Domestic Authority and Foreign Economic Policies in Chinese History
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CitationStrange, Austin. 2020. Domestic Authority and Foreign Economic Policies in Chinese History. Doctoral dissertation, Harvard University, Graduate School of Arts & Sciences.
AbstractConcerns about domestic authority shape how governments conduct their foreign policies. However, this influence is often difficult to observe in highly opaque, non-democratic political systems. In the first part of the dissertation, I investigate the link between domestic authority and foreign policy in the context of diplomacy and trade in late imperial China, a period that spans the Ming (1368-1644) and Qing (1644-1911) dynasties. I argue that international diplomacy can serve leaders’ domestic political needs when it is highly visible to relevant audiences; conducted with counterparts held in relatively high esteem domestically; when certain diplomatic practices are historically associated with regime authority; or when diplomacy is wielded by leaders with relatively low levels of legitimacy. Using an original dataset of over 5,000 Ming and Qing tribute exchanges, I demonstrate that Chinese emperors newly in power conducted a disproportionately high volume of diplomatic activity. I find weaker evidence that this effect was more salient among low-legitimacy emperors. An accompanying case study illustrates how the Yongle Emperor deployed tribute diplomacy as a tool for domestic authority consolidation.
Turning to the trade policies of the same period, I argue that beyond leaders, other autocratic elites who participate in foreign policy making are motivated by similar authority concerns. Extant research on non-democratic trade policy has largely neglected this group of actors. I develop a theory that predicts variation in elite policy preferences based on top-down and bottom-up authority relations with the leader and local trading communities, respectively. To assess these claims, I introduce a dataset on the maritime trade preferences of several hundred individual elite officials in late imperial China created through 10 months of archival work in Beijing and Taipei. The data suggest that coastal provincial officials became key pro-trade advocates during the Qing dynasty. The findings offer an example of how trade preferences can vary within a non-democratic regime, and how historical cases can be especially useful for empirically studying these preferences.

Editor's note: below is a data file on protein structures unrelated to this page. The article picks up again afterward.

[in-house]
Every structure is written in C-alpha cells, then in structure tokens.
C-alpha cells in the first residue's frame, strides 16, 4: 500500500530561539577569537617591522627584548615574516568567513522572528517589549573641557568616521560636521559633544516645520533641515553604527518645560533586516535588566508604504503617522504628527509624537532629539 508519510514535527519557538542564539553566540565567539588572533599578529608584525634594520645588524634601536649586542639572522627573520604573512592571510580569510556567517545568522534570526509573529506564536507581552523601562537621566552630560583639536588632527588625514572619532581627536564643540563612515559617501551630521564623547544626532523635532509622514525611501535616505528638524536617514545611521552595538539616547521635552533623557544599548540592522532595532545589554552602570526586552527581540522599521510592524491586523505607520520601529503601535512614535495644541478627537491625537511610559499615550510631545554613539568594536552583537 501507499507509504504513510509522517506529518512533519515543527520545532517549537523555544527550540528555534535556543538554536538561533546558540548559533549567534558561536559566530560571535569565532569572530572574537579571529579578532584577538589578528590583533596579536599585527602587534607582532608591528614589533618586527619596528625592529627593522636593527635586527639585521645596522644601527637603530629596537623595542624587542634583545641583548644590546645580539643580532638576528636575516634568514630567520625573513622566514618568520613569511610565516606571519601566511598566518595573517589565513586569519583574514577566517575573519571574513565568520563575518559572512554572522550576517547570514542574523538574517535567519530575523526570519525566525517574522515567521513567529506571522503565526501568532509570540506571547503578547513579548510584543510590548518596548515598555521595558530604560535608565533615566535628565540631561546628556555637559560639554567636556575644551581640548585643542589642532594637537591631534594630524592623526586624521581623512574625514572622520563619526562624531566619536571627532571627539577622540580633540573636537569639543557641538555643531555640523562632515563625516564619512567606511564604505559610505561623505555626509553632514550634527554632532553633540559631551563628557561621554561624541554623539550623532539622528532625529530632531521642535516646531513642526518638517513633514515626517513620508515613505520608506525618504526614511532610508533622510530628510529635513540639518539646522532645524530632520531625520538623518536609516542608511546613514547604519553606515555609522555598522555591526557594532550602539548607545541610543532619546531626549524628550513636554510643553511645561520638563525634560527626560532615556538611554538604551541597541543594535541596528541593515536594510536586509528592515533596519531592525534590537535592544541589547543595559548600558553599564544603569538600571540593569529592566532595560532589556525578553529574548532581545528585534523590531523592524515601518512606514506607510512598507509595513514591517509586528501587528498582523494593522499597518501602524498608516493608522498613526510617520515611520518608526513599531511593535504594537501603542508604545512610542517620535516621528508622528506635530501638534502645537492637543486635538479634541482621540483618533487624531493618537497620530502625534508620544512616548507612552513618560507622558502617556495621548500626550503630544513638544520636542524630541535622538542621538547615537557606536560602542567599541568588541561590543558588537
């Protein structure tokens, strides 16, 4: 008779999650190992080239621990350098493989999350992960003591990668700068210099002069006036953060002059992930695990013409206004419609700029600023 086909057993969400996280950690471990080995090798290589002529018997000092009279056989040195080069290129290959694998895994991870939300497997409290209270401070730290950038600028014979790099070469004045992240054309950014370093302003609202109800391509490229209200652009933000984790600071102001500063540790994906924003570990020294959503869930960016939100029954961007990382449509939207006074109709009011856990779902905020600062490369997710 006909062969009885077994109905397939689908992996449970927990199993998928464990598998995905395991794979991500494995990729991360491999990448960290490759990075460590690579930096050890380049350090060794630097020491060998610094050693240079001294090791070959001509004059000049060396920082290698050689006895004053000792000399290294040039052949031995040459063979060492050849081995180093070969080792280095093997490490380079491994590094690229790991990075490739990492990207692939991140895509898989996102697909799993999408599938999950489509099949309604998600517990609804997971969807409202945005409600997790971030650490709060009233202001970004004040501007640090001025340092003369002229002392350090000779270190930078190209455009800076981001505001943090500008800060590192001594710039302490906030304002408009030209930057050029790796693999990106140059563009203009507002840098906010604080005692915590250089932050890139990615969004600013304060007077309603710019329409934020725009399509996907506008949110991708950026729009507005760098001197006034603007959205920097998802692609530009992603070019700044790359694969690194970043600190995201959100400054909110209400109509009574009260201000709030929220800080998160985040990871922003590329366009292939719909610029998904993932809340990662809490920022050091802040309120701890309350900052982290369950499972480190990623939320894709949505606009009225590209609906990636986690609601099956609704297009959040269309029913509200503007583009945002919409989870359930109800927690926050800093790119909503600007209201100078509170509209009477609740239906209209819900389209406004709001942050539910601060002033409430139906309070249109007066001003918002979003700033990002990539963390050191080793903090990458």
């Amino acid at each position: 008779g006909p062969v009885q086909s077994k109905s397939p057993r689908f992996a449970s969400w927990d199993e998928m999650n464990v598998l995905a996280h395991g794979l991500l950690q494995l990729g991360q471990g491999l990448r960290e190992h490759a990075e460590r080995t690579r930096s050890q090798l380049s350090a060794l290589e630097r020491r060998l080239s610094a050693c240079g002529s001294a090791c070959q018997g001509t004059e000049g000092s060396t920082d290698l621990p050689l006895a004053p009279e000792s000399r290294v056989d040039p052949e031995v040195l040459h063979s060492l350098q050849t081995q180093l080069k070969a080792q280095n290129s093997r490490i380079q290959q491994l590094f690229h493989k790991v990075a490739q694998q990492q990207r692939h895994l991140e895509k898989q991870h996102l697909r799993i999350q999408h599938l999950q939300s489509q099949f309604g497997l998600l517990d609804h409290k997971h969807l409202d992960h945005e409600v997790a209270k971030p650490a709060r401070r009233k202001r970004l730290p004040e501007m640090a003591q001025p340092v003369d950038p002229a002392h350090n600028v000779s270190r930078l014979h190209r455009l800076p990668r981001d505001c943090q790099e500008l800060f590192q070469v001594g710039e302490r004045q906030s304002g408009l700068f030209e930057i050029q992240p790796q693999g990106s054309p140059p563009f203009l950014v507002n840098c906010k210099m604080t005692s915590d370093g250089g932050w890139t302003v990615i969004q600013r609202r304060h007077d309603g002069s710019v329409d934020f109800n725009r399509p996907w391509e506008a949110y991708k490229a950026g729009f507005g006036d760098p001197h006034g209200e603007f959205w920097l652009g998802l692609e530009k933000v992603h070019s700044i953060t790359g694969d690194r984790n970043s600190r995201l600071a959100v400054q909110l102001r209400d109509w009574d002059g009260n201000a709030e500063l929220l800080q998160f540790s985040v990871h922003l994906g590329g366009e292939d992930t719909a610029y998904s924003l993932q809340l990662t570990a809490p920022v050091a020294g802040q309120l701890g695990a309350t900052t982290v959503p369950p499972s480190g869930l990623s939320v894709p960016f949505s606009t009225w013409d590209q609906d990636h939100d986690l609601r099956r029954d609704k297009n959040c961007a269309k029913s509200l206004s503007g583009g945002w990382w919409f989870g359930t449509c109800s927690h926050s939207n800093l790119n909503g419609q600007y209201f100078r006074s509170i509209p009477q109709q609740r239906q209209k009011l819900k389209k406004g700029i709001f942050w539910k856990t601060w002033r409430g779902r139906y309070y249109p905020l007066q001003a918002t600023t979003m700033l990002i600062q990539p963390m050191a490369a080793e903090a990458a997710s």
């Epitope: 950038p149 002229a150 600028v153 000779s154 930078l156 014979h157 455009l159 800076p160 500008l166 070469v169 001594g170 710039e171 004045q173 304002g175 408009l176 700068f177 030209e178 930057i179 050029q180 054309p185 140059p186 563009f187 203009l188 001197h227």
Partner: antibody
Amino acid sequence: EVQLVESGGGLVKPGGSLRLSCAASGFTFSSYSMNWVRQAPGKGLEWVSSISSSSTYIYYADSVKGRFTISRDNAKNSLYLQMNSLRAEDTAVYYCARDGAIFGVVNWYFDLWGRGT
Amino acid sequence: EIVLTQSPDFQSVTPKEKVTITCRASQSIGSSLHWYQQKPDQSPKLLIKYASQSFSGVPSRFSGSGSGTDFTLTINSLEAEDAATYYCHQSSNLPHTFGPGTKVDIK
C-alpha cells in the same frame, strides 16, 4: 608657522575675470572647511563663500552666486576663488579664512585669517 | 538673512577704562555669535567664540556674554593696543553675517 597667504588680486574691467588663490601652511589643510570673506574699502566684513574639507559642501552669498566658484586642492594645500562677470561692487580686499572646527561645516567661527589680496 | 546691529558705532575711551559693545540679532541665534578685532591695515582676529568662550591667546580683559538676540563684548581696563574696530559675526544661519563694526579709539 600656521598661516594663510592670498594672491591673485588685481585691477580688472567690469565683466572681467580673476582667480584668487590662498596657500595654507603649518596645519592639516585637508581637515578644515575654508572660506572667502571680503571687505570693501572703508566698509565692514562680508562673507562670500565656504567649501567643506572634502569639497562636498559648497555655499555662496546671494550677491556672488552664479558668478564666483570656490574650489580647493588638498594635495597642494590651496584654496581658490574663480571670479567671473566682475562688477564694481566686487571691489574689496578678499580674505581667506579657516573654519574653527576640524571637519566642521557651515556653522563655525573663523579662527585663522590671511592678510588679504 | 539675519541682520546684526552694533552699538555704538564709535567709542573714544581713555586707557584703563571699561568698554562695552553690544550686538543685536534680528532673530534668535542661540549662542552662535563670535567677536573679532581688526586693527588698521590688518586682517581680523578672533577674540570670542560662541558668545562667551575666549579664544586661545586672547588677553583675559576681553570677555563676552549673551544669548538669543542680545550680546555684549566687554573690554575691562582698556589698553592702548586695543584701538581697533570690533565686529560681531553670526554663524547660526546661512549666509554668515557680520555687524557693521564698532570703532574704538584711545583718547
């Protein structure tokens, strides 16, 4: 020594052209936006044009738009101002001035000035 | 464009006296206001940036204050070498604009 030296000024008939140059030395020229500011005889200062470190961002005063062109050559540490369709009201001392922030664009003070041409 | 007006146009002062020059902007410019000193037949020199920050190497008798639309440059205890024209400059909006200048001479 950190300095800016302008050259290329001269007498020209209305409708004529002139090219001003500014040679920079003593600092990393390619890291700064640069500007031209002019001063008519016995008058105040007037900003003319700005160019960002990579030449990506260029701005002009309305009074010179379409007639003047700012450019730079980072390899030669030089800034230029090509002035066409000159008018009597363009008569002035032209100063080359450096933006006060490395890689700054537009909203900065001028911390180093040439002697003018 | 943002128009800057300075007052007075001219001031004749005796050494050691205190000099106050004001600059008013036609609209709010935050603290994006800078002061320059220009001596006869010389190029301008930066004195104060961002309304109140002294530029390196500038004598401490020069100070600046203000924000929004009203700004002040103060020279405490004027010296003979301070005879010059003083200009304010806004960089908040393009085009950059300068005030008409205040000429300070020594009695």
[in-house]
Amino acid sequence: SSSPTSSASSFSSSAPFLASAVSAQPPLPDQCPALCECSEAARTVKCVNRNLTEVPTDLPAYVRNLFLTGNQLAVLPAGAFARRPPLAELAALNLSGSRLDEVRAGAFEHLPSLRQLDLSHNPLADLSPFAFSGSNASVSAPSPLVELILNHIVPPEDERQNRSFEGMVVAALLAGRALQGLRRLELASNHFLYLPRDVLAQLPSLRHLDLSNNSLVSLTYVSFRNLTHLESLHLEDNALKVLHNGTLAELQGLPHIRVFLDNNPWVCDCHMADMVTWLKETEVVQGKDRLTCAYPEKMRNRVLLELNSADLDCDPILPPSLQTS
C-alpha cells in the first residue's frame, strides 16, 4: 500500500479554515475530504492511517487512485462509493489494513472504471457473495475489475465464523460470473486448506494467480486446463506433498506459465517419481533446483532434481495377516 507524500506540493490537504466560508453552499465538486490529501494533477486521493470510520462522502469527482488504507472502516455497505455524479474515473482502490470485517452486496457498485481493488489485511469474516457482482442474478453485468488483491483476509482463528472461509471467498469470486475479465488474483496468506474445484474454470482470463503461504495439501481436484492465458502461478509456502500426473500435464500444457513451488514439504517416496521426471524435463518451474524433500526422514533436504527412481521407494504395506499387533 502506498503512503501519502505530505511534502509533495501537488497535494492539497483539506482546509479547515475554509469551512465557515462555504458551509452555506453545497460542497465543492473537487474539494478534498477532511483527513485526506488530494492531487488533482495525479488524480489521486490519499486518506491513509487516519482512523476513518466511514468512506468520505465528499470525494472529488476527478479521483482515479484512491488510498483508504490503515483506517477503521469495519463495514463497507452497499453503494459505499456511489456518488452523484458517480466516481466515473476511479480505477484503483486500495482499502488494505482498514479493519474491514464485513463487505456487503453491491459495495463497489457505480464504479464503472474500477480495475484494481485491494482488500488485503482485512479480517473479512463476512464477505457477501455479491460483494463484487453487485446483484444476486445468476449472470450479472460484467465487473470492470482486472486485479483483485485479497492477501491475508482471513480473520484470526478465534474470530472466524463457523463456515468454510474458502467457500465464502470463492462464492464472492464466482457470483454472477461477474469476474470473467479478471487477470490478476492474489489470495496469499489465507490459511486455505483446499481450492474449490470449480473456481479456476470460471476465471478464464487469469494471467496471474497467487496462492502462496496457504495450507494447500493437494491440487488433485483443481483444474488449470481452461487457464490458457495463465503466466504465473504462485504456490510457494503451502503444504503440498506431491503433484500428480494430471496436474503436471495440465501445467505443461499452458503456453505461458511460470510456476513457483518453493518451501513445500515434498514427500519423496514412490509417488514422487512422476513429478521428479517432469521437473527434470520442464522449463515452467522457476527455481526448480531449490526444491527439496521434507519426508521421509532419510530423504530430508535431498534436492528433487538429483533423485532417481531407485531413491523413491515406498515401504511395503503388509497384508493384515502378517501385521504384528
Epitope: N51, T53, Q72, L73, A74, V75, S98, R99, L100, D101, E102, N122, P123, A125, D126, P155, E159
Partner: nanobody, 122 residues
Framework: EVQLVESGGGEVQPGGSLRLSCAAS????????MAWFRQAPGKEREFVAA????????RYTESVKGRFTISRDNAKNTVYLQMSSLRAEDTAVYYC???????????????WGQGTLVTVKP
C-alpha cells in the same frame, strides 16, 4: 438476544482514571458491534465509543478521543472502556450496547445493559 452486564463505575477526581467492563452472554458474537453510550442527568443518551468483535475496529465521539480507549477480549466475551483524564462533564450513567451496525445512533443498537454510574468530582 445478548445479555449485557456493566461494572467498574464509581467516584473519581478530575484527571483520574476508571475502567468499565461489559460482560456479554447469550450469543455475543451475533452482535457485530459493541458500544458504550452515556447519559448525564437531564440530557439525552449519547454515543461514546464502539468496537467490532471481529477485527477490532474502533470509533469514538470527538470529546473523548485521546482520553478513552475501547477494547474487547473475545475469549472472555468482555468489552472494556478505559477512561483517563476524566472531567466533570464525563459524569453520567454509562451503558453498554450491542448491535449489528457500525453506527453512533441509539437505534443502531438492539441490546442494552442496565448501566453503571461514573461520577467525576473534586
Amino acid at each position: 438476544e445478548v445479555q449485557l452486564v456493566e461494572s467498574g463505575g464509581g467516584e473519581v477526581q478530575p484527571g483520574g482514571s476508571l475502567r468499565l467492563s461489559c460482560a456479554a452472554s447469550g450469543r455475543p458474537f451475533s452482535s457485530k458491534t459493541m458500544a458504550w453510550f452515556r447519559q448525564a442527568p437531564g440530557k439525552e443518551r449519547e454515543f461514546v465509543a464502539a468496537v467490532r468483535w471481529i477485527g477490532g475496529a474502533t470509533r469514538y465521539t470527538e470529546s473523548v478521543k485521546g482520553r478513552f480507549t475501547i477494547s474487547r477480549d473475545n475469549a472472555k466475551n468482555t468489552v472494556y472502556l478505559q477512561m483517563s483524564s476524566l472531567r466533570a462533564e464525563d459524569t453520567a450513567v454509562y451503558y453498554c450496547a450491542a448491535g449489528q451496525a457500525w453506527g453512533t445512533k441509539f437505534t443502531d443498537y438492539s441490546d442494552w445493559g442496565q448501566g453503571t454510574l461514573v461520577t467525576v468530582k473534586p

In the third paper, the dissertation then flips the focus from the domestic politics of Chinese foreign policy to how other states’ internal politics shape their engagement with contemporary China. I argue that leaders of small developing countries can seek greater domestic authority by acquiring “prestige projects,” defined as highly visible, nationally salient international development projects. After identifying a set of Chinese government-financed prestige projects using a new dataset on Chinese development finance, I show that these projects are overwhelmingly concentrated in the world’s poorest and smallest countries, and that their implementation may be associated with higher public support for recipient governments. I also find that China’s government supplies more prestige projects to states that increase their support for Chinese diplomatic objectives.
Citable link to this pagehttps://nrs.harvard.edu/URN-3:HUL.INSTREPOS:37365956
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